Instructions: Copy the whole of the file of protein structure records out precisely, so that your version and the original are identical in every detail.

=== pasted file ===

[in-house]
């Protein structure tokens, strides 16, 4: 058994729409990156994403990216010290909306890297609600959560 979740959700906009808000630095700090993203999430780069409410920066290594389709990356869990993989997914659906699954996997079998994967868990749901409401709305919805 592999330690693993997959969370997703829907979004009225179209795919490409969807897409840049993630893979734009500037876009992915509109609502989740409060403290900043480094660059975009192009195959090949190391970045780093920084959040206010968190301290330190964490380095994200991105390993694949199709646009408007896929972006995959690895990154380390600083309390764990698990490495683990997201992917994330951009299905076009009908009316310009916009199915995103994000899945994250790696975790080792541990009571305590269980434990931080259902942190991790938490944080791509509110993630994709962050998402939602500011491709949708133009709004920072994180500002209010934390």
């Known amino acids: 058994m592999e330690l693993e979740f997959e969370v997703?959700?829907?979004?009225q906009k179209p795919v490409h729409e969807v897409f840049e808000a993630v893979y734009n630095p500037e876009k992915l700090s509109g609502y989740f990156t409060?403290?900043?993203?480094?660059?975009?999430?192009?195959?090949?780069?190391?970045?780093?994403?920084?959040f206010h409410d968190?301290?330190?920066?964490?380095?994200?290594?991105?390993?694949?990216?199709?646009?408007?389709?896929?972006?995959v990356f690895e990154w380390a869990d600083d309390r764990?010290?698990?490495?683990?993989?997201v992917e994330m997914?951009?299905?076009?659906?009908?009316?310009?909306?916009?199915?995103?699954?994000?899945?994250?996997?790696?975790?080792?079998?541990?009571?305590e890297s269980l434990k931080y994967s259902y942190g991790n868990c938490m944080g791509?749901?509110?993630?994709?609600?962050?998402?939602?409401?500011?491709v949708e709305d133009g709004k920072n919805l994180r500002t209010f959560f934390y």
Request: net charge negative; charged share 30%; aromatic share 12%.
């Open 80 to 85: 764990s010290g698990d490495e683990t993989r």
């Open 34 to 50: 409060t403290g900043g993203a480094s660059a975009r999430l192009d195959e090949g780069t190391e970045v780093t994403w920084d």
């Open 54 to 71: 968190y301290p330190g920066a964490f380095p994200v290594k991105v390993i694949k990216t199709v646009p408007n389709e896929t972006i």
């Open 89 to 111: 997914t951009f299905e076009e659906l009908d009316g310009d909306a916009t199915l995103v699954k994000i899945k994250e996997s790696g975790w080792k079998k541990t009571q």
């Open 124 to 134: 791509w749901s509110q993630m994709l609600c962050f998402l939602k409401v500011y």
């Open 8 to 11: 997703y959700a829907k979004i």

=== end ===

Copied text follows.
[in-house]
């Protein structure tokens, strides 16, 4: 058994729409990156994403990216010290909306890297609600959560 979740959700906009808000630095700090993203999430780069409410920066290594389709990356869990993989997914659906699954996997079998994967868990749901409401709305919805 592999330690693993997959969370997703829907979004009225179209795919490409969807897409840049993630893979734009500037876009992915509109609502989740409060403290900043480094660059975009192009195959090949190391970045780093920084959040206010968190301290330190964490380095994200991105390993694949199709646009408007896929972006995959690895990154380390600083309390764990698990490495683990997201992917994330951009299905076009009908009316310009916009199915995103994000899945994250790696975790080792541990009571305590269980434990931080259902942190991790938490944080791509509110993630994709962050998402939602500011491709949708133009709004920072994180500002209010934390």
């Known amino acids: 058994m592999e330690l693993e979740f997959e969370v997703?959700?829907?979004?009225q906009k179209p795919v490409h729409e969807v897409f840049e808000a993630v893979y734009n630095p500037e876009k992915l700090s509109g609502y989740f990156t409060?403290?900043?993203?480094?660059?975009?999430?192009?195959?090949?780069?190391?970045?780093?994403?920084?959040f206010h409410d968190?301290?330190?920066?964490?380095?994200?290594?991105?390993?694949?990216?199709?646009?408007?389709?896929?972006?995959v990356f690895e990154w380390a869990d600083d309390r764990?010290?698990?490495?683990?993989?997201v992917e994330m997914?951009?299905?076009?659906?009908?009316?310009?909306?916009?199915?995103?699954?994000?899945?994250?996997?790696?975790?080792?079998?541990?009571?305590e890297s269980l434990k931080y994967s259902y942190g991790n868990c938490m944080g791509?749901?509110?993630?994709?609600?962050?998402?939602?409401?500011?491709v949708e709305d133009g709004k920072n919805l994180r500002t209010f959560f934390y």
Request: net charge negative; charged share 30%; aromatic share 12%.
């Open 80 to 85: 764990s010290g698990d490495e683990t993989r």
């Open 34 to 50: 409060t403290g900043g993203a480094s660059a975009r999430l192009d195959e090949g780069t190391e970045v780093t994403w920084d």
């Open 54 to 71: 968190y301290p330190g920066a964490f380095p994200v290594k991105v390993i694949k990216t199709v646009p408007n389709e896929t972006i």
């Open 89 to 111: 997914t951009f299905e076009e659906l009908d009316g310009d909306a916009t199915l995103v699954k994000i899945k994250e996997s790696g975790w080792k079998k541990t009571q």
């Open 124 to 134: 791509w749901s509110q993630m994709l609600c962050f998402l939602k409401v500011y």
């Open 8 to 11: 997703y959700a829907k979004i």